By GT staff reporters
Published: Dec 24, 2021 06:07 PM
Sam's Club store in Yizhuang area of Beijing Photo: Li Hao/GT
Angry Chinese customers have vowed to suspend their membership cards after they found that US retailer giant Walmart has removed Xinjiang-produced commodities from its Sam's Club, the high-end membership stores of Walmart.
Their anger comes after US chip giant Intel apologized for a high-profile statement to boycott products from Northwest China's Xinjiang Uygur Autonomous Region and US President Joe Biden on Thursday signed a bill banning goods from Xinjiang, citing so-called forced labor.
"Why have you taken Xinjiang products off the shelves?" Netizens asked under the official Sina Weibo account of Sam's Club, after they found that Xinjiang products, mostly fruits, became unavailable online.
The Global Times searched for products related to Xinjiang in Sam's app and found although there were entries displayed, the search results were empty. Some typical Xinjiang products such as dates, cantaloupes and apricots are still available, but they are not produced in Xinjiang.
For example, the first result of dates is made in Shenzhen, South China's Guangdong Province, and black raisins in Langfang, North China's Hebei Province.
A similar phenomenon could be seen at Walmart supermarket's online store.
The move triggered backlash from netizens, and some said that they will terminate their membership cards for Sam's Club. Some commented that, "if you have business in China, then you should follow China's rules, or get out of China."
The hashtag "#Sam's Club, Xinjiang" has been high on the most searched terms list on Friday, with the number of searches hitting more than 1.7 million times.
Global Times reporters found cantaloupes at a Sam's Club in Beijing but they are originated from South China's Hainan Province, and there are no Xinjiang dates. A shop assistant said that Xinjiang jujube have been "out of stock" recently.
A customer selects jujube at a Sam's Club store in Beijing on December 24, 2021. Photo: Li Hao/GT
When asked why users cannot find Xinjiang products, an online customer service agent of Sam's Club told the Global Times that, "the delisting of goods is arranged according to our inventory, and we have many other similar products for choosing." When asked if it is out of stock, the answer was, "here is what can't be found."
The Global Times found there were still some cantaloupes from Xinjiang in a Walmart supermarket in Beijing's Haidian district, no Xinjiang dates or raisins were sold.
Walmart's Xinjiang raisins have not been on the shelves since May, nor have they been restocked, according to a salesperson in the Haidian store, and they did not know why, nor did they know exactly when the goods would be replenished. The employee said that, "this is the responsibility of Walmart's procurement sector."
Sources told the Global Times that Sam's Club has stopped selling Xinjiang products in the last two days.
A spokesperson from supermarket chain Carrefour told the Global Times on Friday that "It only takes three or four days from ordering Xinjiang goods to putting them on the shelves of supermarkets in Beijing and Shanghai."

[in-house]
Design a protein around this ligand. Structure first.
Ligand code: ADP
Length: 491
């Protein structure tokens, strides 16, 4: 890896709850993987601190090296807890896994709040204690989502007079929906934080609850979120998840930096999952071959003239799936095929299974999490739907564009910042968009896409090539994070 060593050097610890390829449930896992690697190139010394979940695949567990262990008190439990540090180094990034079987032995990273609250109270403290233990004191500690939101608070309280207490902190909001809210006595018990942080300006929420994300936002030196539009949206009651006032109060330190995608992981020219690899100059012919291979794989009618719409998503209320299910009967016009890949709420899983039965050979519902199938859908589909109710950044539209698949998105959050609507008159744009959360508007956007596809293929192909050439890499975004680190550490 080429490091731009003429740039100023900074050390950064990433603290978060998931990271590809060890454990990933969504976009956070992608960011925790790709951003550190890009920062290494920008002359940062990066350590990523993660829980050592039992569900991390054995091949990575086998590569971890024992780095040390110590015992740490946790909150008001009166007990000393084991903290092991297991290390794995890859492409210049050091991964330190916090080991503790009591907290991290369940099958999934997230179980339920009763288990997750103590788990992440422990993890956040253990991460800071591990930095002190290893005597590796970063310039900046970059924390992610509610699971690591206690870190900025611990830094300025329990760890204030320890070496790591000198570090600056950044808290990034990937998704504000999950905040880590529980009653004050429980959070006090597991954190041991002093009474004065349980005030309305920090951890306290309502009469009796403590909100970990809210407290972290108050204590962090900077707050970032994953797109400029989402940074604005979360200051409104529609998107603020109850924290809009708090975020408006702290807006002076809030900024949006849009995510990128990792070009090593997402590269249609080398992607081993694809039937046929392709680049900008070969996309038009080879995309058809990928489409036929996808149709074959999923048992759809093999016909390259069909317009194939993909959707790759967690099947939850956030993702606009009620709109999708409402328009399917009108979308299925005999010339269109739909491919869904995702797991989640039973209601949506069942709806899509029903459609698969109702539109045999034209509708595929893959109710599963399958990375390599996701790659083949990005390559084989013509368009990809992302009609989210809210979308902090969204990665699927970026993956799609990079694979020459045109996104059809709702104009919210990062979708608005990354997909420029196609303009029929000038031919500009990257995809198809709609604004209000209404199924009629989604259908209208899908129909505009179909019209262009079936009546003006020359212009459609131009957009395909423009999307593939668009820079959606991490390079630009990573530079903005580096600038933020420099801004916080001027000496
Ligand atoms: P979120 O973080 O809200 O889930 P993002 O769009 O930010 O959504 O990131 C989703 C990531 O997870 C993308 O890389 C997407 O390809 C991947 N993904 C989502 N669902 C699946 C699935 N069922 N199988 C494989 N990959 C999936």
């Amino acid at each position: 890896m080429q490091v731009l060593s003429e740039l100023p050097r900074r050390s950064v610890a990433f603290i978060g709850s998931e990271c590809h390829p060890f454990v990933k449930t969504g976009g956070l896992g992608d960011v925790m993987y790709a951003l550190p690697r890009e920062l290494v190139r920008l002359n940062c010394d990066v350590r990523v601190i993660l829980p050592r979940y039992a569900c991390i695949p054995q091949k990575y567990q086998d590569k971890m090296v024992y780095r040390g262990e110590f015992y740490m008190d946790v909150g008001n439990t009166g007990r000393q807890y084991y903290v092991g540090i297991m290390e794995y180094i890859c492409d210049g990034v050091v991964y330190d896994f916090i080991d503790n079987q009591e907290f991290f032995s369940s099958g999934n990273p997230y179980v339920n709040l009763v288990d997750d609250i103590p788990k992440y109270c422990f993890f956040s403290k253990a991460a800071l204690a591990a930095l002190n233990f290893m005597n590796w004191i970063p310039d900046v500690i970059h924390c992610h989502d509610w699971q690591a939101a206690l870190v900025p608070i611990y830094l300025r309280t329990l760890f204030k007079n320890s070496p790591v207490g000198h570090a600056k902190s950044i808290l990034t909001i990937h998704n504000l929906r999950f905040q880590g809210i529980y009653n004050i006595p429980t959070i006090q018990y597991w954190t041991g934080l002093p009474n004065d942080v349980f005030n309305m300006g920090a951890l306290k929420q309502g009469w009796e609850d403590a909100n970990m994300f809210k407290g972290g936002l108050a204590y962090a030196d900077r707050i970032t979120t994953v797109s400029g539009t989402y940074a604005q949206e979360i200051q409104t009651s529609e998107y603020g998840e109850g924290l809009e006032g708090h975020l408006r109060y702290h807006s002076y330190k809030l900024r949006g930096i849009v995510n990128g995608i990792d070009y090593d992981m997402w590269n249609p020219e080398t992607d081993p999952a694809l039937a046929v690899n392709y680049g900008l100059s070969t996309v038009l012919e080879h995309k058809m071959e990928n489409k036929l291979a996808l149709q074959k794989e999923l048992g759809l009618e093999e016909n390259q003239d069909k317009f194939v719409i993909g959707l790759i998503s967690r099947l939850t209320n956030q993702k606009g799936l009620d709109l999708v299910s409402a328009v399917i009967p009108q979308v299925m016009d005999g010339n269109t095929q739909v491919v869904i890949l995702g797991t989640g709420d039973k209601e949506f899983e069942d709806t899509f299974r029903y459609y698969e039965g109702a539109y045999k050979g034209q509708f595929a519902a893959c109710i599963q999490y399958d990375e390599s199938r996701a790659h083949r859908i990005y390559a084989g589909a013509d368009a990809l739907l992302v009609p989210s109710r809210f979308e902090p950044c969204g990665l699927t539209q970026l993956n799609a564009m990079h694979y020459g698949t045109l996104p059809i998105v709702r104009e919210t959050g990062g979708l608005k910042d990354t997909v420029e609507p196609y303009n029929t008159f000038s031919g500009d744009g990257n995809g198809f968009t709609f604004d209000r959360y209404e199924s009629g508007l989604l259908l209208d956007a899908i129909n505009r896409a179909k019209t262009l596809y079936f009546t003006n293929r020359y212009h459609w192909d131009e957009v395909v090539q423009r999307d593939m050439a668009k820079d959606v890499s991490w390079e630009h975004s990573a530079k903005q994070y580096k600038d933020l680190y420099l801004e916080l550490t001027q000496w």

Carrefour sells a wide range of Xinjiang products, including bergamot pears, walnuts, jujubes, apples, and textile products made from Xinjiang cotton. The spokesperson said the company has set up a direct sourcing base in Xinjiang to bring convenience for such purchases.
Products from Xinjiang such as prunes, apples, cantaloupes and bergamot pears are very popular, and they account for "a considerable amount" of the supermarket chain's business of fresh fruits.
The spokesperson said that Xinjiang paper-skinned walnuts accounted for 52 percent of Carrefour walnut sales, Xinjiang dates accounted for 93.5 percent of its total sales, and all its raisins are produced in Xinjiang.
"The portion is almost the same for the retailing industry," the person said.
Although Walmart China's expansion slows after a pandemic-led boom, Sam's Club's business in China has grown rapidly — the number of new members in the second quarter of 2021 more than doubled the same period last year, according to Walmart's financial reports. The brand anticipated there will be 40-45 stores nationwide either operational or under construction by the end of 2022.
Analysts said thousands of US companies are now kidnapped by Washington's political aim and ideological confrontation with China, and have to face a dilemma: show a political gesture by complying with the bill, or risk angering and losing 1.4-billion Chinese consumers.
"US firms are all aware that this is a complete political agenda and has nothing to do with economic issues," Wang Jun, chief economist with Zhongyuan Bank, told the Global Times.
But analysts cautioned that US firms need to think twice before making a clear public stance, given how Intel's "Xinjiang stance" enraged Chinese people and led to widespread calls of boycott against the US firm.
Walmart entered China in 1996 and opened its first store in Shenzhen. So far, it has opened more than 400 supermarkets and more than 20 distribution centers in over 100 cities across the country.